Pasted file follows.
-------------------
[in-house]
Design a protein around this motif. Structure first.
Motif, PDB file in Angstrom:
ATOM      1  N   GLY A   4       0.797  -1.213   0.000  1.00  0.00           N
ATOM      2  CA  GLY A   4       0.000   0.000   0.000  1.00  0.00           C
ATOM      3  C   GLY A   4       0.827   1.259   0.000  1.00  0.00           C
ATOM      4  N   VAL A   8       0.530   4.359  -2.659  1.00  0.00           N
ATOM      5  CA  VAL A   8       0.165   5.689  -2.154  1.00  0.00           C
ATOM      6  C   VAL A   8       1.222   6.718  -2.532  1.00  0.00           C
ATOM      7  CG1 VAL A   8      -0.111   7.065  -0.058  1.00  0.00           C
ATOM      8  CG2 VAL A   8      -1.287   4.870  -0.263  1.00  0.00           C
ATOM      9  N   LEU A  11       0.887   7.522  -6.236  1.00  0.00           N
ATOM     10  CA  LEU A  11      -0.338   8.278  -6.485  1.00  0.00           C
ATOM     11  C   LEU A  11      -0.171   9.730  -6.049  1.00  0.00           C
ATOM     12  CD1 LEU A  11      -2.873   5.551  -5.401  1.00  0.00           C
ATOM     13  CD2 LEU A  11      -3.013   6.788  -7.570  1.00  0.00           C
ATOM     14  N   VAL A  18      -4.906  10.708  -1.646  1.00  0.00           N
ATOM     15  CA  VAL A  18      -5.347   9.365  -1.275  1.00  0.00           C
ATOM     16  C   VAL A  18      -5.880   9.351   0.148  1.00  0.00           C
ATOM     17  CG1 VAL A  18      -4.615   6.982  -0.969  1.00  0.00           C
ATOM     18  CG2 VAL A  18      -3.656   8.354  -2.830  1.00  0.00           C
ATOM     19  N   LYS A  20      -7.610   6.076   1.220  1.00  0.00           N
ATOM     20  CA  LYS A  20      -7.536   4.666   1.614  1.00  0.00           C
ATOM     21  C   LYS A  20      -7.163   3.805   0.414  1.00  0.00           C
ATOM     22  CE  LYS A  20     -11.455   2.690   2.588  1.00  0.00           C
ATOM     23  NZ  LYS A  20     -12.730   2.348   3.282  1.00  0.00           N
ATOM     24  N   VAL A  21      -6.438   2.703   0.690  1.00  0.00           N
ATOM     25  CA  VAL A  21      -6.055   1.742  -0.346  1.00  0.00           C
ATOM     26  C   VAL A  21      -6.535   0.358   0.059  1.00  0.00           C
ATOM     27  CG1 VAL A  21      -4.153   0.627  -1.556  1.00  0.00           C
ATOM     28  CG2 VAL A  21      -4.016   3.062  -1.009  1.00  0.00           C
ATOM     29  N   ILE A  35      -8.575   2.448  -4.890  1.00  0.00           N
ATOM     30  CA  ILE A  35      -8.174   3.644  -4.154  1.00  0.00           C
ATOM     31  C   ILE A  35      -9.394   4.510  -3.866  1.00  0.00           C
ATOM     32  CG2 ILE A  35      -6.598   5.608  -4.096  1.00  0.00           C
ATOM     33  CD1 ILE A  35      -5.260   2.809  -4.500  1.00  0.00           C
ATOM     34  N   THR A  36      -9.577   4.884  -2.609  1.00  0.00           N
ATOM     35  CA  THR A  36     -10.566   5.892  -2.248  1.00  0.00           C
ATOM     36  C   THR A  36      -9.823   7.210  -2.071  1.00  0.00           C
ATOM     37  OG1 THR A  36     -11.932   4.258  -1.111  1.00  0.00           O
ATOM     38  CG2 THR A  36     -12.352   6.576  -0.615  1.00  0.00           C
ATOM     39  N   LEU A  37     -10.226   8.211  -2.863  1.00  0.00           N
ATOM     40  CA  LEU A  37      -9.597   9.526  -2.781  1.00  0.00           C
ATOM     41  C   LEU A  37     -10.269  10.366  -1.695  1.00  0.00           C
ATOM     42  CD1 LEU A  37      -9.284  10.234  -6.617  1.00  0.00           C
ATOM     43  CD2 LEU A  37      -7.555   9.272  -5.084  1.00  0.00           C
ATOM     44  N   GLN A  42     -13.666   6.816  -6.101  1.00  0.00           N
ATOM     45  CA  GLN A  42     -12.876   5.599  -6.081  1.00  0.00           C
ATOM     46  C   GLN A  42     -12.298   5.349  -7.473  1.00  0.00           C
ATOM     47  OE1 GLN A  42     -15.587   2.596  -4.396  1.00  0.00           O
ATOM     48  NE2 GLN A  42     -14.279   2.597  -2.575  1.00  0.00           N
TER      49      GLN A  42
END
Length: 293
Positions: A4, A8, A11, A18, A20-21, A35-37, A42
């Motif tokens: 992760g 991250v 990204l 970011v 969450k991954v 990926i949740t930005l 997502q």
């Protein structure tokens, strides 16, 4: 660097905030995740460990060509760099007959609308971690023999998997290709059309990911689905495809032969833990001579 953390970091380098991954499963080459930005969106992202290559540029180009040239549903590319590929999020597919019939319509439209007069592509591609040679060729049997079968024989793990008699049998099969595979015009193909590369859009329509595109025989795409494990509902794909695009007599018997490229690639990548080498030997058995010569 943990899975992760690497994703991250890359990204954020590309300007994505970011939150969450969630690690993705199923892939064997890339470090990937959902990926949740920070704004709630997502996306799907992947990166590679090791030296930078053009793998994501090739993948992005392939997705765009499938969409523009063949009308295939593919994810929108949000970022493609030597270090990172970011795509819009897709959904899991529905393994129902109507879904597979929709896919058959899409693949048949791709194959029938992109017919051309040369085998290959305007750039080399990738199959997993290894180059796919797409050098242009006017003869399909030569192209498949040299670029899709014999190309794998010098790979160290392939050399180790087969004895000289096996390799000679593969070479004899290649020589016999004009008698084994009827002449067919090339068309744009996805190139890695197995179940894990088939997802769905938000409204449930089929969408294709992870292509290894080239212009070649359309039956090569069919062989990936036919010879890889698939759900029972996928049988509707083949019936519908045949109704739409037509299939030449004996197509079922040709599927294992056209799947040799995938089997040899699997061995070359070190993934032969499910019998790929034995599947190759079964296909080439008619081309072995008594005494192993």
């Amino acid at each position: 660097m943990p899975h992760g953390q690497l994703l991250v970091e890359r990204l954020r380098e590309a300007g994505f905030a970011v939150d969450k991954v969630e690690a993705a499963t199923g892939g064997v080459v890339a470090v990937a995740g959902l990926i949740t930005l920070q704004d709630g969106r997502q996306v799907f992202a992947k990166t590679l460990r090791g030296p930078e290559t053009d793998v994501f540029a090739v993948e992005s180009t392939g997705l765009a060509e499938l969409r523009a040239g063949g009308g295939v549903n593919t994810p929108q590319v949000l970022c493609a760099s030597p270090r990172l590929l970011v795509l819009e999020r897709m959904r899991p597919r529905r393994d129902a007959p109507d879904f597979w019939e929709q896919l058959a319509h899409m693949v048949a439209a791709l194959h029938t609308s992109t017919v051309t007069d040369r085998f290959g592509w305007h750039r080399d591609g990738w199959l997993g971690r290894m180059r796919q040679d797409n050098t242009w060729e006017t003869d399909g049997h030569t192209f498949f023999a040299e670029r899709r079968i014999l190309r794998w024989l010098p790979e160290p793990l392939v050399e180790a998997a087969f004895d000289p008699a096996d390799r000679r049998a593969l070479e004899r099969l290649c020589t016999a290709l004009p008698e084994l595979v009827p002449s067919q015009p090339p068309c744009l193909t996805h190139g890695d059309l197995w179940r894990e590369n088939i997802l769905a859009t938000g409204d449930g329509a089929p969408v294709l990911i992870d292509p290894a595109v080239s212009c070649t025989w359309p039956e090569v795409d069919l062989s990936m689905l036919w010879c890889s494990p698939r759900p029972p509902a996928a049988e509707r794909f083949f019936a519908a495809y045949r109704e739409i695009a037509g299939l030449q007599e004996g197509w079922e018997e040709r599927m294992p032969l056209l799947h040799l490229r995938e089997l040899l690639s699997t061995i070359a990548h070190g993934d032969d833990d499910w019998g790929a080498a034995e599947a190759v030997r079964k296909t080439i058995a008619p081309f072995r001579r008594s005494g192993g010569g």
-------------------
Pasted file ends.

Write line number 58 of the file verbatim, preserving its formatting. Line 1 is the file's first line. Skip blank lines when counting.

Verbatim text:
């Amino acid at each position: 660097m943990p899975h992760g953390q690497l994703l991250v970091e890359r990204l954020r380098e590309a300007g994505f905030a970011v939150d969450k991954v969630e690690a993705a499963t199923g892939g064997v080459v890339a470090v990937a995740g959902l990926i949740t930005l920070q704004d709630g969106r997502q996306v799907f992202a992947k990166t590679l460990r090791g030296p930078e290559t053009d793998v994501f540029a090739v993948e992005s180009t392939g997705l765009a060509e499938l969409r523009a040239g063949g009308g295939v549903n593919t994810p929108q590319v949000l970022c493609a760099s030597p270090r990172l590929l970011v795509l819009e999020r897709m959904r899991p597919r529905r393994d129902a007959p109507d879904f597979w019939e929709q896919l058959a319509h899409m693949v048949a439209a791709l194959h029938t609308s992109t017919v051309t007069d040369r085998f290959g592509w305007h750039r080399d591609g990738w199959l997993g971690r290894m180059r796919q040679d797409n050098t242009w060729e006017t003869d399909g049997h030569t192209f498949f023999a040299e670029r899709r079968i014999l190309r794998w024989l010098p790979e160290p793990l392939v050399e180790a998997a087969f004895d000289p008699a096996d390799r000679r049998a593969l070479e004899r099969l290649c020589t016999a290709l004009p008698e084994l595979v009827p002449s067919q015009p090339p068309c744009l193909t996805h190139g890695d059309l197995w179940r894990e590369n088939i997802l769905a859009t938000g409204d449930g329509a089929p969408v294709l990911i992870d292509p290894a595109v080239s212009c070649t025989w359309p039956e090569v795409d069919l062989s990936m689905l036919w010879c890889s494990p698939r759900p029972p509902a996928a049988e509707r794909f083949f019936a519908a495809y045949r109704e739409i695009a037509g299939l030449q007599e004996g197509w079922e018997e040709r599927m294992p032969l056209l799947h040799l490229r995938e089997l040899l690639s699997t061995i070359a990548h070190g993934d032969d833990d499910w019998g790929a080498a034995e599947a190759v030997r079964k296909t080439i058995a008619p081309f072995r001579r008594s005494g192993g010569g």